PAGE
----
Mercury OS Is a Concept Driven by Humane Design Principles

mercury os
Image Credits: Jason Yuan / Mercury OS

Do you feel uncomfortable or stressed out having a lot of icons and shortcuts on your desktop? You’re probably not alone. In fact, there are a lot of ASD and ADHD patients across the globe who feel overwhelmed by this conventional approach followed by operating systems to flood information you might not need at the moment. Well, Jason Jason Yuan, an ex-Apple interaction designer has designed a concept called Mercury OS that attempts to overcome these shortcomings.

“Mercury is designed, first and foremost, to be an experience inclusive of people with limited executive function and cognitive load. It re-imagines the operating system as a fluid experience driven by human intent.”, says Jason Yuan, creator of Mercury OS.

According to Jason, Mercury OS is designed to be humane, fluid, focused, and familiar. Let’s take a look at how Mercury OS aims to achieve these principles.

First up, there are no apps or folders like you see on every other operating system in Mercury OS. Instead, the operating system offers you content and actions in the form of Modules.

Modules are created based on an amalgamation of nouns, verbs, and modifiers. Here, nouns represent items, verbs define actions. The modules are created using natural voice and text input methods. Yuan analogizes this concept as “browsers capable of generating UI on-demand”.

Mercury OS Is a Concept Driven by Humane Design Principles

Notably, the modules can be redefined at any time from the action bar that Jason calls Locus. Locus comes with the combined benefits of a traditional command-line interface and natural language processing.

To ensure continuity, the operating system lets you create new modules by simply tapping on the ‘+’ button or by pressing the Tab key. This way, you will not lose focus on what you are currently working on.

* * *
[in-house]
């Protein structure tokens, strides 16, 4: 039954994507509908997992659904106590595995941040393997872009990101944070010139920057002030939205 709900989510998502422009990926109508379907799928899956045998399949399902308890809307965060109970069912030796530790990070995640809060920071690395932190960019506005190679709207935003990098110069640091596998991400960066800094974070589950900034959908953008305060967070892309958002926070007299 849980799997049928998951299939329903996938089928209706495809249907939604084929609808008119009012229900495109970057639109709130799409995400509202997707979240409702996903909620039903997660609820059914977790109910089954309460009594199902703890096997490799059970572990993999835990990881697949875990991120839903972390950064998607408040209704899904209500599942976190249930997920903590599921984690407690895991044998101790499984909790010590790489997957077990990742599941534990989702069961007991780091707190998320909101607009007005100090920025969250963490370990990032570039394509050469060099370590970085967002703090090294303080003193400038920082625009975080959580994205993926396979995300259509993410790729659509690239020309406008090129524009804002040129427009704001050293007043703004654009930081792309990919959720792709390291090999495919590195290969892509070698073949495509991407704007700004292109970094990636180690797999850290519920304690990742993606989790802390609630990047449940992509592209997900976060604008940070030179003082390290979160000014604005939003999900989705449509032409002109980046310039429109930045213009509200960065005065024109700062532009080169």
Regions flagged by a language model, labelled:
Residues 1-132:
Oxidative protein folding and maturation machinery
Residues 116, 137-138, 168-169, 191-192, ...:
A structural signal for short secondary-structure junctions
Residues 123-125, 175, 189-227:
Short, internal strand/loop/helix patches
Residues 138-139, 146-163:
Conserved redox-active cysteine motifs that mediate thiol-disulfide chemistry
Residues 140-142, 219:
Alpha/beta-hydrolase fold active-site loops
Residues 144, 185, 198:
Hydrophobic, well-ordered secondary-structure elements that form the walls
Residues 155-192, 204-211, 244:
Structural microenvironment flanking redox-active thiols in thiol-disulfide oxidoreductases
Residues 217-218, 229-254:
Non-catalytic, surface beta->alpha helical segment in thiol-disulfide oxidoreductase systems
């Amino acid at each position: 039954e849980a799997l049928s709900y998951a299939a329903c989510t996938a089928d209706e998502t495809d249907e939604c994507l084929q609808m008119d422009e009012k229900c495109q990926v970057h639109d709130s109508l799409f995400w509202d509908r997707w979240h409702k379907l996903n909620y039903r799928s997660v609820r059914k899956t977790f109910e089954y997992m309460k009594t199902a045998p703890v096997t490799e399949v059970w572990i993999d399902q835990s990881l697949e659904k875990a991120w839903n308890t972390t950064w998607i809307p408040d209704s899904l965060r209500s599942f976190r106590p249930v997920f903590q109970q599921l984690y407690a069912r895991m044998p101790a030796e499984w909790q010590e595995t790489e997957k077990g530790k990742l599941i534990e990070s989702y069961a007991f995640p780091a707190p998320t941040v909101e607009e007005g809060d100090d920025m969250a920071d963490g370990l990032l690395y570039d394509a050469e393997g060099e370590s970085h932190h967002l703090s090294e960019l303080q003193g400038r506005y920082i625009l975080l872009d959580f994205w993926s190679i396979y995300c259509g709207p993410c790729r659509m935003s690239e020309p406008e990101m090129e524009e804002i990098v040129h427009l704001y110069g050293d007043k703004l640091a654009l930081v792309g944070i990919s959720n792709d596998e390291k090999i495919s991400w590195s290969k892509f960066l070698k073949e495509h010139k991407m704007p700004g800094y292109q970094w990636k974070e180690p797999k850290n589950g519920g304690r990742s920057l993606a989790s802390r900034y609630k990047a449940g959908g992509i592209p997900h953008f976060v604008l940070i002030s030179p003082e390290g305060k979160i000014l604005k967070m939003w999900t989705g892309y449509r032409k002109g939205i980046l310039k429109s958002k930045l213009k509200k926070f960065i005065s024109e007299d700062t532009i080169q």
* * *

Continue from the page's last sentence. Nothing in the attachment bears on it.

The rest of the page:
Mercury OS Is a Concept Driven by Humane Design Principles
Image Credits: Jason Yuan

These flows are complemented with “Spaces” created to scale through multiple modules. Spaces are accessible with a simple swipe up gesture where you gain access to something similar to the Windows 10 Timeline.

You probably are unaware of the numerous keyboard shortcuts that Windows 10 offers, especially as they’re not straightforward or difficult to remember. Here is where Jason’s operating system stands apart. You can long-press the Command/ Ctrl key to view all of the available shortcuts. You can also progressively filter and reach the shortcuts as you type.

To wrap it all up, Mercury OS offers Artificial Collaborators aimed at a future without apps. Users can define collaborators to get AI assistants of different services in one place. This would help modules gain functionalities suited for specific use-cases.

mercury os collaborators
Image Credits: Jason Yuan / Mercury OS

You can learn more about Mercury OS using this link right here. Jason initially published plans for how Mercury OS will look and feel like but he now plans to make Mercury OS a reality sometime in 2020. We have to wait to witness if Mercury OS takes off considering how promising and futuristic it appears. So, what is your opinion on Mercury OS? Let us know in the comments.

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